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OJ Mayo, USC Again?: Call Me When We're Talking about the NBA Draft

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OJ Mayo, USC Again?: Call Me When We're Talking about the NBA Draft

As my beloved New York Knicks prepare for yet another afternoon in ping-pong land, I find myself continuously researching all sorts of draft analysis and watching YouTube clips trying to figure out who might land in Gotham next season.

USC 'one-and-doner' O.J. Mayo is predicted to be a top three pick. He is a likely candidate for the Knickerbockers and we could certainly use an athlete with his skill-set to help turn our franchise around.

There, that's it, there should be no other talk about Mayo other than where he might play next season and whether or not he'd fit in with his new teammates and/or new coaching staff.

Instead I have to endure all of this incessant dribble about Mayo accepting payments from a sports promoter who works for the agent who now represents Mayo in his professional endeavors. My response to the allegations: so what?!

I am a former Division I scholarship athlete. In fact, I was an All-American at the University of Nebraska in track & field. Do you know who paid for my athletic scholarship, Head Coach Tom Osbourne, or more appropriately QB Steve Taylor, Linebacker Broderick Thomas or defensive end Neil Smith?

Since I left Nebraska, there have been several wonderful additions to the campus in the form of student activity centers, new dorms and too may things for me to list here. Guess who paid for it?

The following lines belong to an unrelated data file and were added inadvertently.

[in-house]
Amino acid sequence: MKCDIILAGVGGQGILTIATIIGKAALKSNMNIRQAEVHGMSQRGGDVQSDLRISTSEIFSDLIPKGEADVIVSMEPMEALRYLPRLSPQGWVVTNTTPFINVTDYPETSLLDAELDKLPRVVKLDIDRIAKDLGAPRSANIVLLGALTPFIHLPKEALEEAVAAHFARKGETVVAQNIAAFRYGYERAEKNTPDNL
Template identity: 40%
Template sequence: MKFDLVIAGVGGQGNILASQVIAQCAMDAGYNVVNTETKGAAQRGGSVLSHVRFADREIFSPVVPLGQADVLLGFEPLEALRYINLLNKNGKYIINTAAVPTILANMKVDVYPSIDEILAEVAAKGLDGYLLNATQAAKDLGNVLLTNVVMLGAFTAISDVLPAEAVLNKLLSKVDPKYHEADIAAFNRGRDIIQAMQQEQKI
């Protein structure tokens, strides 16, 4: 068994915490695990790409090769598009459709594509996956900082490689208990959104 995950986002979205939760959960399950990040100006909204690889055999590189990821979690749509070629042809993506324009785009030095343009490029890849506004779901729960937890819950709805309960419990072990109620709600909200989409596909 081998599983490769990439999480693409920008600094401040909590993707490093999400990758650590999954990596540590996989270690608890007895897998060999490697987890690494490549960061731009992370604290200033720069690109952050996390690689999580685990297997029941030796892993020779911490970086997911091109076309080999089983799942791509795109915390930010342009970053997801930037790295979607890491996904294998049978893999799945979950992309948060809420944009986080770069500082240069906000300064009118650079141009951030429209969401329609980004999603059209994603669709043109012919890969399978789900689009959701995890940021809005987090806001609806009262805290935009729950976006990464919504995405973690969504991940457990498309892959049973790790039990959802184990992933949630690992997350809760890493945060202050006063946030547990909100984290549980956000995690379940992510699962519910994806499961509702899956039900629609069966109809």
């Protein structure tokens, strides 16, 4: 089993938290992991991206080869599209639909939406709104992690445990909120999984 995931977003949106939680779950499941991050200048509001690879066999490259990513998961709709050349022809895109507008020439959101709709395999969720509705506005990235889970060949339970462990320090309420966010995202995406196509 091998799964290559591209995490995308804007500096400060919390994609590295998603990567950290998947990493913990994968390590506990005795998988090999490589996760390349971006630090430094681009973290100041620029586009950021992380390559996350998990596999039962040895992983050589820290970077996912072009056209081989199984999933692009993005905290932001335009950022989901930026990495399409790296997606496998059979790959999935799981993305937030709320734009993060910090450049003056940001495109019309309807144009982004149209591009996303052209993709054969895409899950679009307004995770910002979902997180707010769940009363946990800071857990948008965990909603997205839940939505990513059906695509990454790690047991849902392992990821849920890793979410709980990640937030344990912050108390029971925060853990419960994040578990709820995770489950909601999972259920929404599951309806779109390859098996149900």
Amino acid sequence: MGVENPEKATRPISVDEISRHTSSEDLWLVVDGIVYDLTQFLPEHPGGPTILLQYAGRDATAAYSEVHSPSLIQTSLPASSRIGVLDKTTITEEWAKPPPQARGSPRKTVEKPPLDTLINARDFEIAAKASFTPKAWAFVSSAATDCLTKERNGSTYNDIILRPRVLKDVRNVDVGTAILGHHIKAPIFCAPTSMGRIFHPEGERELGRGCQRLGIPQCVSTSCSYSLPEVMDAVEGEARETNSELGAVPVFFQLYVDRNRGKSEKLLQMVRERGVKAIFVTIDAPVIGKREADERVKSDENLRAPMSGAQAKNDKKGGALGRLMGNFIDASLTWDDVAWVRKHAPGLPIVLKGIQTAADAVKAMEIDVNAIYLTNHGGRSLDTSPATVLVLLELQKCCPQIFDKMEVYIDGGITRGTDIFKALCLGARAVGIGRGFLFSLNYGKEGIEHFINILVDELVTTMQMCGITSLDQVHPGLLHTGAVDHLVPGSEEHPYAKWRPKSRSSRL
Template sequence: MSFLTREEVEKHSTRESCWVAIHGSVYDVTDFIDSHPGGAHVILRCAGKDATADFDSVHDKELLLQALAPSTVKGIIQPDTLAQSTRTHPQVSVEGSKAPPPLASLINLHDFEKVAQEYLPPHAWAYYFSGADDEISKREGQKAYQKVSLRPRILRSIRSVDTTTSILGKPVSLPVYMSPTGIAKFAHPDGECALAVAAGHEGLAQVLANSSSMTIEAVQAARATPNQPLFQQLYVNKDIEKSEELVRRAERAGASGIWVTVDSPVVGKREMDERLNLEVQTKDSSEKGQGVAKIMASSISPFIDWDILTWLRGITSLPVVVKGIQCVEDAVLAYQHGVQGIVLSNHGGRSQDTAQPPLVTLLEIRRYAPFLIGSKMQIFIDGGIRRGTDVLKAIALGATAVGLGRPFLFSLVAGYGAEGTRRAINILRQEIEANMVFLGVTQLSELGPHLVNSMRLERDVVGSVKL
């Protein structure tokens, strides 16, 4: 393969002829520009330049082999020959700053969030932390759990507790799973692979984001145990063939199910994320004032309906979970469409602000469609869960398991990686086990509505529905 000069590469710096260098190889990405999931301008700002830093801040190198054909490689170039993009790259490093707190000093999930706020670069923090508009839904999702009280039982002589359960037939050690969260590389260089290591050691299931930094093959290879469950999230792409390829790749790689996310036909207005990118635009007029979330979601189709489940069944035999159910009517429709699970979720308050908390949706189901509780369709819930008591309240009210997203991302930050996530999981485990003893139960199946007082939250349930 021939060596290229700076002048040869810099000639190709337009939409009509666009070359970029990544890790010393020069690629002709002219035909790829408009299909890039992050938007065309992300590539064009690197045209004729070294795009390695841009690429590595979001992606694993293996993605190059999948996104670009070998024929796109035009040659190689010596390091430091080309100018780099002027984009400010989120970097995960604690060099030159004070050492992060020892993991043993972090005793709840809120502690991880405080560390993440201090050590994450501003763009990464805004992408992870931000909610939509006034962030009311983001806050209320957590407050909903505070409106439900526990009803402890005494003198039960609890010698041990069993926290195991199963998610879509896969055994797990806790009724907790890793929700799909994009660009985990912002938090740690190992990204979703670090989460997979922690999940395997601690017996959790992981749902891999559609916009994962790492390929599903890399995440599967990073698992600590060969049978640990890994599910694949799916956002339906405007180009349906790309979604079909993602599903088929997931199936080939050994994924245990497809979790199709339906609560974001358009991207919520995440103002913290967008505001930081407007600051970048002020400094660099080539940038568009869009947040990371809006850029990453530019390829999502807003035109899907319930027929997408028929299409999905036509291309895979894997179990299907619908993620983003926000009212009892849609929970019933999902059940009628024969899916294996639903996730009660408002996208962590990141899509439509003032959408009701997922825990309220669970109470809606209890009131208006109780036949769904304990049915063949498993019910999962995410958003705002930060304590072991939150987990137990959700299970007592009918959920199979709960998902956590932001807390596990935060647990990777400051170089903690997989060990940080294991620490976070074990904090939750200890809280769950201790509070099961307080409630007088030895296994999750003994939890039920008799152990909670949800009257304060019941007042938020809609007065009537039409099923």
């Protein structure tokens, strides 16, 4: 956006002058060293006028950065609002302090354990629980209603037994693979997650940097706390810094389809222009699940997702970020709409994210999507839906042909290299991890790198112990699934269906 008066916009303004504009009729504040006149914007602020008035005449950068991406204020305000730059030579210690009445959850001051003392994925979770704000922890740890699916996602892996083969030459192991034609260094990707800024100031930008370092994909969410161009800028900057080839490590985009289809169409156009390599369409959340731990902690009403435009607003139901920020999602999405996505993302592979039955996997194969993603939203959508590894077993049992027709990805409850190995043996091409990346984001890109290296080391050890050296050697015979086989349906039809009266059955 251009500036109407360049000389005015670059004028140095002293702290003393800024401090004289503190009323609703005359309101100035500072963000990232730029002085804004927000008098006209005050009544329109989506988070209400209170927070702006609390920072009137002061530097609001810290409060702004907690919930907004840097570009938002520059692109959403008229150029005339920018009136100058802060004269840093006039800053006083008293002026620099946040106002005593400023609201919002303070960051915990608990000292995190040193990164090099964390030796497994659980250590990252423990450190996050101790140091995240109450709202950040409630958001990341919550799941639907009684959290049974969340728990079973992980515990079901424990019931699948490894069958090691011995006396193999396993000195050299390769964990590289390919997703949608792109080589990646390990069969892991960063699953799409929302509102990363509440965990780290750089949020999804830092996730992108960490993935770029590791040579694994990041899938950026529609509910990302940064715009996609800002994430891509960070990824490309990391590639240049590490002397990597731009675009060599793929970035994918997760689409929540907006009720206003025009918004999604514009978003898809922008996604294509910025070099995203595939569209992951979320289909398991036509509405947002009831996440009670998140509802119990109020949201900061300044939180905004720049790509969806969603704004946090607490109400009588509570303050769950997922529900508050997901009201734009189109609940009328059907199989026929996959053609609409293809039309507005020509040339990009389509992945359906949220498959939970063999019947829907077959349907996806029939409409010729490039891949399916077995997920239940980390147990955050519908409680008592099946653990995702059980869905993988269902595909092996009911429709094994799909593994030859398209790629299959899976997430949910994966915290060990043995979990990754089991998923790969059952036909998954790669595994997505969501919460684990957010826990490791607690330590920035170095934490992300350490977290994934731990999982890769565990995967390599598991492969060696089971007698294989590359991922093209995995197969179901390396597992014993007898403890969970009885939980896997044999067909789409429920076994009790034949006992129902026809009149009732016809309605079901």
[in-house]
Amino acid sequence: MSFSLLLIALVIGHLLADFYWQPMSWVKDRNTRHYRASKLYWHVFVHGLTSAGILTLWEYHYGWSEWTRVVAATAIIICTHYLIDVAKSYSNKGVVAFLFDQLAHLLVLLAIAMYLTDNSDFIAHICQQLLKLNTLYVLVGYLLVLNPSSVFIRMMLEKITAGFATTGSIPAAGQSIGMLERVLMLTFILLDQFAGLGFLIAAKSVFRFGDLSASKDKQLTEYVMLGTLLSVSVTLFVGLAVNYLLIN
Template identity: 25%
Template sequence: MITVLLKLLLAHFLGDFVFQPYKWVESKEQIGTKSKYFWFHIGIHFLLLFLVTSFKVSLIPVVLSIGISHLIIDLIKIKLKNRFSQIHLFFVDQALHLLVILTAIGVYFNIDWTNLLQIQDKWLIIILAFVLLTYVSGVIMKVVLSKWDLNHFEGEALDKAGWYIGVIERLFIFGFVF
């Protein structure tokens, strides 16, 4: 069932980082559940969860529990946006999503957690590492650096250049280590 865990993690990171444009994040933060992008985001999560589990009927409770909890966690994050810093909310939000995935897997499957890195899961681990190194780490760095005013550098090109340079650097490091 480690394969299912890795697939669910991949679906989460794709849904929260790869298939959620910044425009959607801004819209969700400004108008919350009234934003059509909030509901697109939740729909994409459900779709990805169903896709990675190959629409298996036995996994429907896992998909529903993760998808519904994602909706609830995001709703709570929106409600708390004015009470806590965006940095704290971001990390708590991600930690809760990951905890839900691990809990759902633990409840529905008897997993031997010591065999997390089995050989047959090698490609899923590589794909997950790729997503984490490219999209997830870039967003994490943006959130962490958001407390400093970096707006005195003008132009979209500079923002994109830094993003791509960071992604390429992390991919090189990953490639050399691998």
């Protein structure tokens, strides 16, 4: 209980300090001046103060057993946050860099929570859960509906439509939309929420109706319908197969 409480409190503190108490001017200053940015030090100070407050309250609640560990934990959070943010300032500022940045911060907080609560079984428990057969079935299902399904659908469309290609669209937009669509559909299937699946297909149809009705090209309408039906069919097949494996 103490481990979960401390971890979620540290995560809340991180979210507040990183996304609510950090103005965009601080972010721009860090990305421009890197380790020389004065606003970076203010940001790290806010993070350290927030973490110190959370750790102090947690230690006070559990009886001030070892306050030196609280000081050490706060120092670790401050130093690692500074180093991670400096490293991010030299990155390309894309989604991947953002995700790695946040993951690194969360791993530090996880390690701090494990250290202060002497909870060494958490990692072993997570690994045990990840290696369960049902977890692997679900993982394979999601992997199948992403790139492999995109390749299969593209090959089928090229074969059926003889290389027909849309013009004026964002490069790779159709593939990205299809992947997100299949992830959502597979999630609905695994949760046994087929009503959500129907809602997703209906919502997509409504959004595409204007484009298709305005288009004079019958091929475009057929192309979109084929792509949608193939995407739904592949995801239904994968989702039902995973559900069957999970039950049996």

It sure as hell wasn't the math department.

There will more than enough pieces written that will argue the validity of paying Div-I athletes salaries (a concept that not only am I in favor of, but I think would actually help collegiate athletics), so I won't waste my time trying shout louder than everyone else on the page.

What is true, however is that as long as schools have television contracts, bowl payouts and shoe company endorsements, athletes will get paid under the table.

As long as coaches are biting their nails wondering whether or not that 20 win season is enough to allow them to keep their multi-million dollar salaries, then athletes will get paid under the table.

In fact, as long as universities continue to rely on the revenue earned by its athletic teams to pay for teacher's salaries and school improvements because state and federal funding continue to dry up at an alarming rate, athletes will get paid under the table. 

When I first thought about how to approach this topic, the first thing I did was do some research on the percentage of collegiate athletes who make it to the professional level and the cost of a college degree.

Then it hit me, there really is no story here!

A few years back, in fact last year, we were still dealing with the fallout of the USC scandal involving Heisman Trophy winner Reggie Bush. So now, in May of 2008, how many New Orleans Saints fans have even the slightest concern for what money Bush may or may not have taken while in college?